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Hamas Resignation Paves Way for Palestinian Unity Government


The Palestinian prime minister resigned late Thursday, paving the way for a Palestinian unity government. VOA's Jim Teeple reports from Jerusalem, the move comes just days before a summit meeting between Palestinian President Mahmoud Abbas and Israeli Prime Minister Ehud Olmert.

Palestinian Prime Minister Ismail Haniyeh submitted his resignation during a meeting with Palestinian President Mahmoud Abbas in the Gaza Strip.

The procedural move means that Haniyeh will lead a caretaker government until a new cabinet is formed leading to a unity government. Fatah, led by Mr. Abbas and Mr. Haniyeh's Hamas faction, agreed to a power-sharing agreement last week in Saudi Arabia in a bid to end factional fighting and revive international donor assistance, which has been suspended because of the Hamas refusal to recognize Israel.

Speaking to journalists, Mr. Abbas said a new government would be formed within weeks.

The Palestinian president called on the new government to respect international agreements, a reference to peace agreements signed between the Fatah-led PLO and Israel.

For his part, Ismail Haniyeh says he will work to achieve a national unity government.

Mr. Haniyeh said he is dissolving his government, which came to power last year, and any new government will follow the terms of the Mecca power-sharing agreement.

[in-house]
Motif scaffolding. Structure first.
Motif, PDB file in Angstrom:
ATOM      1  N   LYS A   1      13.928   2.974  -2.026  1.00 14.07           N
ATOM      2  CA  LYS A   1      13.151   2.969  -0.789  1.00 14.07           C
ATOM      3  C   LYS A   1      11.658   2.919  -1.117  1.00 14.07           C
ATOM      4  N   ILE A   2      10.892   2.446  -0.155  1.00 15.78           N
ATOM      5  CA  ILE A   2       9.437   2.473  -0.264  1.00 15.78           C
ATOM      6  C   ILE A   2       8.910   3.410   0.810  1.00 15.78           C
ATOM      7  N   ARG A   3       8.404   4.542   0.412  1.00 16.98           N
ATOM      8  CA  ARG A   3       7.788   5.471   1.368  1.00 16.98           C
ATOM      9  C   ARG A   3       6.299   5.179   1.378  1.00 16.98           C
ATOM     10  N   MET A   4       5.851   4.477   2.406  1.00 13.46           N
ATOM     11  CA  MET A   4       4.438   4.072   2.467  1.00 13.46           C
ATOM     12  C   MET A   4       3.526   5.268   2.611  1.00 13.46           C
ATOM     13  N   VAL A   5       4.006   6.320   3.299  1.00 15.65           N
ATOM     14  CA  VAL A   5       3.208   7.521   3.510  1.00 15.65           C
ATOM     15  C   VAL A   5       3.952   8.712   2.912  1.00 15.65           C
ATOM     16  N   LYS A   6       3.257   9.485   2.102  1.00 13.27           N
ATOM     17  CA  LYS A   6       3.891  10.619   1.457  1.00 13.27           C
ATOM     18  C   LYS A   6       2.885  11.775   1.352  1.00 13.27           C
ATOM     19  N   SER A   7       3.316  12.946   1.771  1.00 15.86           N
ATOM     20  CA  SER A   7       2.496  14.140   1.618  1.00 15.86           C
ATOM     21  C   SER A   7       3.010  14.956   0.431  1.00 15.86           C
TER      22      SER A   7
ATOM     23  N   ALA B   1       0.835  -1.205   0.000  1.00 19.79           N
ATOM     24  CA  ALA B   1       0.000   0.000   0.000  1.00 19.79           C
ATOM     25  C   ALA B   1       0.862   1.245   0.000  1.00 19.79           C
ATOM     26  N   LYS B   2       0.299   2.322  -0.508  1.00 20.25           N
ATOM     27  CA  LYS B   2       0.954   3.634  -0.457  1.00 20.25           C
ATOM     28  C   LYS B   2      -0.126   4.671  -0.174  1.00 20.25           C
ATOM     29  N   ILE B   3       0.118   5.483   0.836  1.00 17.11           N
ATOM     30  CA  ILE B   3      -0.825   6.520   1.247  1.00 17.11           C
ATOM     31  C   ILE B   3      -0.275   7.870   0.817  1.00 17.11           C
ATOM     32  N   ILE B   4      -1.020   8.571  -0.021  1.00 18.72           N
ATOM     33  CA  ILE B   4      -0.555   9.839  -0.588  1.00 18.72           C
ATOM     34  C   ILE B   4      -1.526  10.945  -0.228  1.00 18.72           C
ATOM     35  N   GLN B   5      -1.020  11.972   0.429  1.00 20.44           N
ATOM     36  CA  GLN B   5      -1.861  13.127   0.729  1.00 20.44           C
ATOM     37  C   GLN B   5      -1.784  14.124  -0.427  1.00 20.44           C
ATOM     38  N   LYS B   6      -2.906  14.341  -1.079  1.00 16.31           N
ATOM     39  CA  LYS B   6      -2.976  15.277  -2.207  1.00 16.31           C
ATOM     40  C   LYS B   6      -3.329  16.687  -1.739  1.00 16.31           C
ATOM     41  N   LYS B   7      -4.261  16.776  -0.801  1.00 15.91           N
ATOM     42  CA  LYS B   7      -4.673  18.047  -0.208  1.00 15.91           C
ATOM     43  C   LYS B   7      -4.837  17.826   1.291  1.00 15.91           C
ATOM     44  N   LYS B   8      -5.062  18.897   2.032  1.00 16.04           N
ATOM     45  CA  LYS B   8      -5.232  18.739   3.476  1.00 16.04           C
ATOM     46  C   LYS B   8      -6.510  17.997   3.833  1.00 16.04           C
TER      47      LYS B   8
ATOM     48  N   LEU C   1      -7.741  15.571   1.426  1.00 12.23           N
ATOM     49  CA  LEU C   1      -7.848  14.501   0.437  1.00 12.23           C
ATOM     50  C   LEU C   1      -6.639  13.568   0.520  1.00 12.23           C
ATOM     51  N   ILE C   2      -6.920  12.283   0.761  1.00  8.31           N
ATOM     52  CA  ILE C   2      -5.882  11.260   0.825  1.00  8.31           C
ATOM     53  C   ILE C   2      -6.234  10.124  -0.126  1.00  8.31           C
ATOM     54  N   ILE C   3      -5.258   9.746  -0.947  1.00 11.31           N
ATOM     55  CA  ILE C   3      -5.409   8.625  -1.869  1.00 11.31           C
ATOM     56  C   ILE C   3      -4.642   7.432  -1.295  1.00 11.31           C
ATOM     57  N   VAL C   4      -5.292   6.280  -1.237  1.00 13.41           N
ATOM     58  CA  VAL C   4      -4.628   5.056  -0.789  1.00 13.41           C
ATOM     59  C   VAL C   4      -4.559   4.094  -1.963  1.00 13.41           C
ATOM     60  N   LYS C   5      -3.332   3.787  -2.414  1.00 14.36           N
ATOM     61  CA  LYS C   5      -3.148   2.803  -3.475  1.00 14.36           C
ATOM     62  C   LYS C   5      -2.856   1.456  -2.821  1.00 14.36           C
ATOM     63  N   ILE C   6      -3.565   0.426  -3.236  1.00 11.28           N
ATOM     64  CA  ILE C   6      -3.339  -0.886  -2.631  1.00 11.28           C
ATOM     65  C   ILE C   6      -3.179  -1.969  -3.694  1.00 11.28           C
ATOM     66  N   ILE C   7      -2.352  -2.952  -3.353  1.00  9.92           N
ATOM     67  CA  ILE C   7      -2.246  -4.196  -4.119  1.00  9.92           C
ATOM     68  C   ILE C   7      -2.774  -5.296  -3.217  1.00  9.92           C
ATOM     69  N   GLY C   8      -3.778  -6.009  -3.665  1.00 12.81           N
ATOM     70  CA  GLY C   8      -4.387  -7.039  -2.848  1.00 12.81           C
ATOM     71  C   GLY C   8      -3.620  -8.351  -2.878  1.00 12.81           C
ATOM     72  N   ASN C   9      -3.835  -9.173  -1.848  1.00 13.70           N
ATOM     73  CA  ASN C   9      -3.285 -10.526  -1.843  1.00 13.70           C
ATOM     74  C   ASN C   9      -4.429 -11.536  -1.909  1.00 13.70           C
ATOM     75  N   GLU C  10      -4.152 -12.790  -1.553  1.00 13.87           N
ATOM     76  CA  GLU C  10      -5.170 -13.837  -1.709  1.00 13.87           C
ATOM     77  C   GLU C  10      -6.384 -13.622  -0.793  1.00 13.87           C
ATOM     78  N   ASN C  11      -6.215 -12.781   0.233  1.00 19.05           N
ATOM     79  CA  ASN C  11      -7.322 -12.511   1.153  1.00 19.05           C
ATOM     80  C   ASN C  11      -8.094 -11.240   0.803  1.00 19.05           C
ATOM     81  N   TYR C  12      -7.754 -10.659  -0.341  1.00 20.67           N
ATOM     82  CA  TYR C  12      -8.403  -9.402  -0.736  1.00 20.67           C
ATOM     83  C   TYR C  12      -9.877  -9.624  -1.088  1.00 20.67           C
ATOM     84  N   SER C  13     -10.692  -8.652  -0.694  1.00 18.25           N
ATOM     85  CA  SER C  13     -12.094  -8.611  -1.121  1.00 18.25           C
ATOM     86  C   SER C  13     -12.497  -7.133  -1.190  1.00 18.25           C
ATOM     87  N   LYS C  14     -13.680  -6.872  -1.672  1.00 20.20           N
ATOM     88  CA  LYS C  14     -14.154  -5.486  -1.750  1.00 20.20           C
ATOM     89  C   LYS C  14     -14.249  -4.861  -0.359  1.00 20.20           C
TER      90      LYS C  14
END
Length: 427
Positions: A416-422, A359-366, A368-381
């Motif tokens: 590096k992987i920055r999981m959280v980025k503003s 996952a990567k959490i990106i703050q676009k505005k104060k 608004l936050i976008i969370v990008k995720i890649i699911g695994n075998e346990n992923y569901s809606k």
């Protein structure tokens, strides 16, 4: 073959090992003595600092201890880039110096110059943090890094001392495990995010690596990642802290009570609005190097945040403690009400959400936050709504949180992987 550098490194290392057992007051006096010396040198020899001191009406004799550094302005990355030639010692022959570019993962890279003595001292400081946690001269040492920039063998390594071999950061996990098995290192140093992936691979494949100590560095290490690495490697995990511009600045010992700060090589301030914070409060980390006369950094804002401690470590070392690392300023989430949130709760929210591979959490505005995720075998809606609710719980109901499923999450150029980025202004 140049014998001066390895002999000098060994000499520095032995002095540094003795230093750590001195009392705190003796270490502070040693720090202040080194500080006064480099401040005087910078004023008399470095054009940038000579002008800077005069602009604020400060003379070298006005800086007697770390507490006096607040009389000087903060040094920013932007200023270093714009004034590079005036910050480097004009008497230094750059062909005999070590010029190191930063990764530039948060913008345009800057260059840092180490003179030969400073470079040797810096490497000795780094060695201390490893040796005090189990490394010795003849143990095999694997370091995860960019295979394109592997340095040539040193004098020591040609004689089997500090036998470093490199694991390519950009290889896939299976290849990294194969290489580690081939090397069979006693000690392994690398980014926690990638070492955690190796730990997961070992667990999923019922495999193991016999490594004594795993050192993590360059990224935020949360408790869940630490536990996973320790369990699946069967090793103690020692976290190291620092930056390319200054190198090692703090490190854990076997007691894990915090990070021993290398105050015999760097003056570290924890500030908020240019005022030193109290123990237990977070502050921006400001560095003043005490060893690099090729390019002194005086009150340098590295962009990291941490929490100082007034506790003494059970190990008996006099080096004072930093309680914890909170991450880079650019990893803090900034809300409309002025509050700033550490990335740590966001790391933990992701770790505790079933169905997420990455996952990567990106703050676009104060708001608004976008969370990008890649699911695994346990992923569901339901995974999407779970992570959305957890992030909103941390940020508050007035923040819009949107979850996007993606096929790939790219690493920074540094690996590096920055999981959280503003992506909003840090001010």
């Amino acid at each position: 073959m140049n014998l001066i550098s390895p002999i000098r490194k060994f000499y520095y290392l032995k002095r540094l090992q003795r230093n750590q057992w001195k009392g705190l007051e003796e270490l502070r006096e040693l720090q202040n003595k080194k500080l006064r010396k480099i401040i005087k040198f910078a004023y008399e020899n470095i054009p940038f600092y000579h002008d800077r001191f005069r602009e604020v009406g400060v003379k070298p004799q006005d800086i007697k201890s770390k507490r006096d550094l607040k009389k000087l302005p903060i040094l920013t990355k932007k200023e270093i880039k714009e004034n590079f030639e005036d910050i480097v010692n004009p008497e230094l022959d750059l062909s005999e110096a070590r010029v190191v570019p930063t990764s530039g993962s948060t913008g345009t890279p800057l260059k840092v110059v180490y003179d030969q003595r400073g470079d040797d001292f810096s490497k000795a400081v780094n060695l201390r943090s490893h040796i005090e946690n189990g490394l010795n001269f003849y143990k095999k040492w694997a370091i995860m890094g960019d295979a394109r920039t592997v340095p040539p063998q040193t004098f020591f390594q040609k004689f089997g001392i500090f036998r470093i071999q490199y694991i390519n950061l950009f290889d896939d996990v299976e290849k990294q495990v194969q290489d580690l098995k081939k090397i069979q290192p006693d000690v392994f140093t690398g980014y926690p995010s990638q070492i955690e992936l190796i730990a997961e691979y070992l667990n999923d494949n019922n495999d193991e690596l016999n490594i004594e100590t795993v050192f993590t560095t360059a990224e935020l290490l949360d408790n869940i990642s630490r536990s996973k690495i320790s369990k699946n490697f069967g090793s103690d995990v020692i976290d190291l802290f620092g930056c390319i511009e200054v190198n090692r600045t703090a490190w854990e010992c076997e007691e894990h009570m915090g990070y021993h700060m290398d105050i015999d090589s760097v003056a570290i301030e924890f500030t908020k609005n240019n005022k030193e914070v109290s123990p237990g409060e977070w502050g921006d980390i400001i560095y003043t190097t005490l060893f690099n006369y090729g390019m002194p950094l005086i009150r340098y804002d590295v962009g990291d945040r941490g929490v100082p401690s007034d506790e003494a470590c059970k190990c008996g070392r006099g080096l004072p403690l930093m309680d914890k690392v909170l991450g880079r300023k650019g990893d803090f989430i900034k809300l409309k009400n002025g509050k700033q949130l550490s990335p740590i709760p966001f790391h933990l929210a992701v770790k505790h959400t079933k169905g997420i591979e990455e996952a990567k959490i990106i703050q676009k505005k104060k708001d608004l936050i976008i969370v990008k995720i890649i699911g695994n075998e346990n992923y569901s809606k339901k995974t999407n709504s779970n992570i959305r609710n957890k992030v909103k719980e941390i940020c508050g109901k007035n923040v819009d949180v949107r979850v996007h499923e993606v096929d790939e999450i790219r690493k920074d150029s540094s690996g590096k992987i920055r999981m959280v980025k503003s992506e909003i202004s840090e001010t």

Thursday's development defuses growing tensions between the two groups since last week's agreement over the composition of a new government.

Ali Jarbawi, who teaches political science at Bir Zeit University in the West Bank city of Ramallah, says, however, there are still tensions between Fatah and Hamas.

"We have to be cautious until we see how the internal mechanisms of this government are going to work," he said. "Hopefully, this agreement will stick. If not, we might have problems, but not now - probably in a few months."

Still unclear is what the new Palestinian government's relationship with Israel will be. The power-sharing deal pledges a new government to recognize past peace agreements between Israel and the Fatah-led PLO, but it does not call for renouncing violence, or recognizing Israel, measures demanded by Israel and the Middle East Peace Quartet, which is made up of the United States, the European Union, Russia and the United Nations.

President Abbas is scheduled to hold talks early next week with Israeli Prime Minister Ehud Olmert and U.S. Secretary of State Condoleezza Rice. He is expected to brief the two on what the new government's policies will be.

Saeb Erekat, the chief Palestinian negotiator in talks with the Israelis, says Mr. Abbas hopes the momentum of the power-sharing agreement will help revive the Arab-Israeli dialogue.

"We can hope, and we can say many things, but I hope we focus on an agenda for this meeting - identifying where do we want to go from here, and how to get there," he said. "I think that is the main essence of this meeting. It can be a crucial turning point, if we identify where do we want to go from here and how to get there."

Speaking Thursday in Turkey, where he was on an official state visit, Israeli Prime Minister Ehud Olmert said Israel expects any new Palestinian government to meet all three requirements of the Quartet for normal relations and a resumption of economic assistance. Those are, recognition of Israel, a renunciation of violence and respect for past peace agreements.

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